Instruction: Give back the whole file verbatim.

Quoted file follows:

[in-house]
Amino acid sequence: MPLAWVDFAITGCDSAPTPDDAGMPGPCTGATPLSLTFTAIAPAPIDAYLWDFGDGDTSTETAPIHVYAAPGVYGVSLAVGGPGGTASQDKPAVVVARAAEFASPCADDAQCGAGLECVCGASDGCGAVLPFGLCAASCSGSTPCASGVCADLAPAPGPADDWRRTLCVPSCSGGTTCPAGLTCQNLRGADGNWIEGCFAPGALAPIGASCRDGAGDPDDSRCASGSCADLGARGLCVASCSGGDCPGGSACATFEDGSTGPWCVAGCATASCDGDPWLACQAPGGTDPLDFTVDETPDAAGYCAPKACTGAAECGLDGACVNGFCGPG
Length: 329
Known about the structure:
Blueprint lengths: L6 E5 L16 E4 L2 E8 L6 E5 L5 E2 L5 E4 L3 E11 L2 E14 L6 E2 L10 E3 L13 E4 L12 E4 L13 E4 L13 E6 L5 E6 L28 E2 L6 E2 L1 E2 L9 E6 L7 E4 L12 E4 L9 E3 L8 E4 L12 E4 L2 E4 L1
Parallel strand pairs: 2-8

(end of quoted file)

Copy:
[in-house]
Amino acid sequence: MPLAWVDFAITGCDSAPTPDDAGMPGPCTGATPLSLTFTAIAPAPIDAYLWDFGDGDTSTETAPIHVYAAPGVYGVSLAVGGPGGTASQDKPAVVVARAAEFASPCADDAQCGAGLECVCGASDGCGAVLPFGLCAASCSGSTPCASGVCADLAPAPGPADDWRRTLCVPSCSGGTTCPAGLTCQNLRGADGNWIEGCFAPGALAPIGASCRDGAGDPDDSRCASGSCADLGARGLCVASCSGGDCPGGSACATFEDGSTGPWCVAGCATASCDGDPWLACQAPGGTDPLDFTVDETPDAAGYCAPKACTGAAECGLDGACVNGFCGPG
Length: 329
Known about the structure:
Blueprint lengths: L6 E5 L16 E4 L2 E8 L6 E5 L5 E2 L5 E4 L3 E11 L2 E14 L6 E2 L10 E3 L13 E4 L12 E4 L13 E4 L13 E6 L5 E6 L28 E2 L6 E2 L1 E2 L9 E6 L7 E4 L12 E4 L9 E3 L8 E4 L12 E4 L2 E4 L1
Parallel strand pairs: 2-8